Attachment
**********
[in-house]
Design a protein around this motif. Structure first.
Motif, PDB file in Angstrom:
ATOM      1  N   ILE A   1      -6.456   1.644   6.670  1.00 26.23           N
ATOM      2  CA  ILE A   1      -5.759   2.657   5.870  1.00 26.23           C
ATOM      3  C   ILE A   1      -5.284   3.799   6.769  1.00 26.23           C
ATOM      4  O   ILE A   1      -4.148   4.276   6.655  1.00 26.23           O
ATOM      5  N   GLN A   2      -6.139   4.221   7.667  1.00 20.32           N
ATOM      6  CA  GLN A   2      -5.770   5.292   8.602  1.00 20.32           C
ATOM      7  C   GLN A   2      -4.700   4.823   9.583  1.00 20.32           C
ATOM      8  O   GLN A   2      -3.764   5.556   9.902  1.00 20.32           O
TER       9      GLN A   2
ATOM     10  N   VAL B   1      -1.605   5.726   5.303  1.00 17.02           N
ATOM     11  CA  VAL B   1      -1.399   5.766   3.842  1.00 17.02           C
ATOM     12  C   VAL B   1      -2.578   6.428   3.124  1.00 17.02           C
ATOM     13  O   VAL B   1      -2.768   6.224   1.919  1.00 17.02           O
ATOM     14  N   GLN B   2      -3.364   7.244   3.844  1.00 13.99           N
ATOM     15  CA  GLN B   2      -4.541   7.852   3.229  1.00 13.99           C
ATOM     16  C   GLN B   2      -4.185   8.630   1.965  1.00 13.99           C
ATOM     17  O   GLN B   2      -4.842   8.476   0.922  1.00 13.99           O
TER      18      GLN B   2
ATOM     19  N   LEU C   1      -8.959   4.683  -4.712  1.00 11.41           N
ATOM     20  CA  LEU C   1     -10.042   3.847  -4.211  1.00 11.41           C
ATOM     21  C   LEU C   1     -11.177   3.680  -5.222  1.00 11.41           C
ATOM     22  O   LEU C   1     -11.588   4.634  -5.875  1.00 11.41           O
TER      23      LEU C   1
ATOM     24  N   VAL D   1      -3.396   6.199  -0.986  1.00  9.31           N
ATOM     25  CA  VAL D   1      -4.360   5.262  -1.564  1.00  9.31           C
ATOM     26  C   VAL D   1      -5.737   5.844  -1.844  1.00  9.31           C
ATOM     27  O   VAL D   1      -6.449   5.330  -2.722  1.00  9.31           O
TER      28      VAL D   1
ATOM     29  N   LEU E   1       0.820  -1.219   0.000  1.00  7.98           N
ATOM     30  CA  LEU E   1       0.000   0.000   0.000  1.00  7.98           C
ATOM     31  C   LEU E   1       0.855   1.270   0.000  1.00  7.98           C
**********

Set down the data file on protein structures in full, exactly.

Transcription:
[in-house]
Design a protein around this motif. Structure first.
Motif, PDB file in Angstrom:
ATOM      1  N   ILE A   1      -6.456   1.644   6.670  1.00 26.23           N
ATOM      2  CA  ILE A   1      -5.759   2.657   5.870  1.00 26.23           C
ATOM      3  C   ILE A   1      -5.284   3.799   6.769  1.00 26.23           C
ATOM      4  O   ILE A   1      -4.148   4.276   6.655  1.00 26.23           O
ATOM      5  N   GLN A   2      -6.139   4.221   7.667  1.00 20.32           N
ATOM      6  CA  GLN A   2      -5.770   5.292   8.602  1.00 20.32           C
ATOM      7  C   GLN A   2      -4.700   4.823   9.583  1.00 20.32           C
ATOM      8  O   GLN A   2      -3.764   5.556   9.902  1.00 20.32           O
TER       9      GLN A   2
ATOM     10  N   VAL B   1      -1.605   5.726   5.303  1.00 17.02           N
ATOM     11  CA  VAL B   1      -1.399   5.766   3.842  1.00 17.02           C
ATOM     12  C   VAL B   1      -2.578   6.428   3.124  1.00 17.02           C
ATOM     13  O   VAL B   1      -2.768   6.224   1.919  1.00 17.02           O
ATOM     14  N   GLN B   2      -3.364   7.244   3.844  1.00 13.99           N
ATOM     15  CA  GLN B   2      -4.541   7.852   3.229  1.00 13.99           C
ATOM     16  C   GLN B   2      -4.185   8.630   1.965  1.00 13.99           C
ATOM     17  O   GLN B   2      -4.842   8.476   0.922  1.00 13.99           O
TER      18      GLN B   2
ATOM     19  N   LEU C   1      -8.959   4.683  -4.712  1.00 11.41           N
ATOM     20  CA  LEU C   1     -10.042   3.847  -4.211  1.00 11.41           C
ATOM     21  C   LEU C   1     -11.177   3.680  -5.222  1.00 11.41           C
ATOM     22  O   LEU C   1     -11.588   4.634  -5.875  1.00 11.41           O
TER      23      LEU C   1
ATOM     24  N   VAL D   1      -3.396   6.199  -0.986  1.00  9.31           N
ATOM     25  CA  VAL D   1      -4.360   5.262  -1.564  1.00  9.31           C
ATOM     26  C   VAL D   1      -5.737   5.844  -1.844  1.00  9.31           C
ATOM     27  O   VAL D   1      -6.449   5.330  -2.722  1.00  9.31           O
TER      28      VAL D   1
ATOM     29  N   LEU E   1       0.820  -1.219   0.000  1.00  7.98           N
ATOM     30  CA  LEU E   1       0.000   0.000   0.000  1.00  7.98           C
ATOM     31  C   LEU E   1       0.855   1.270   0.000  1.00  7.98           C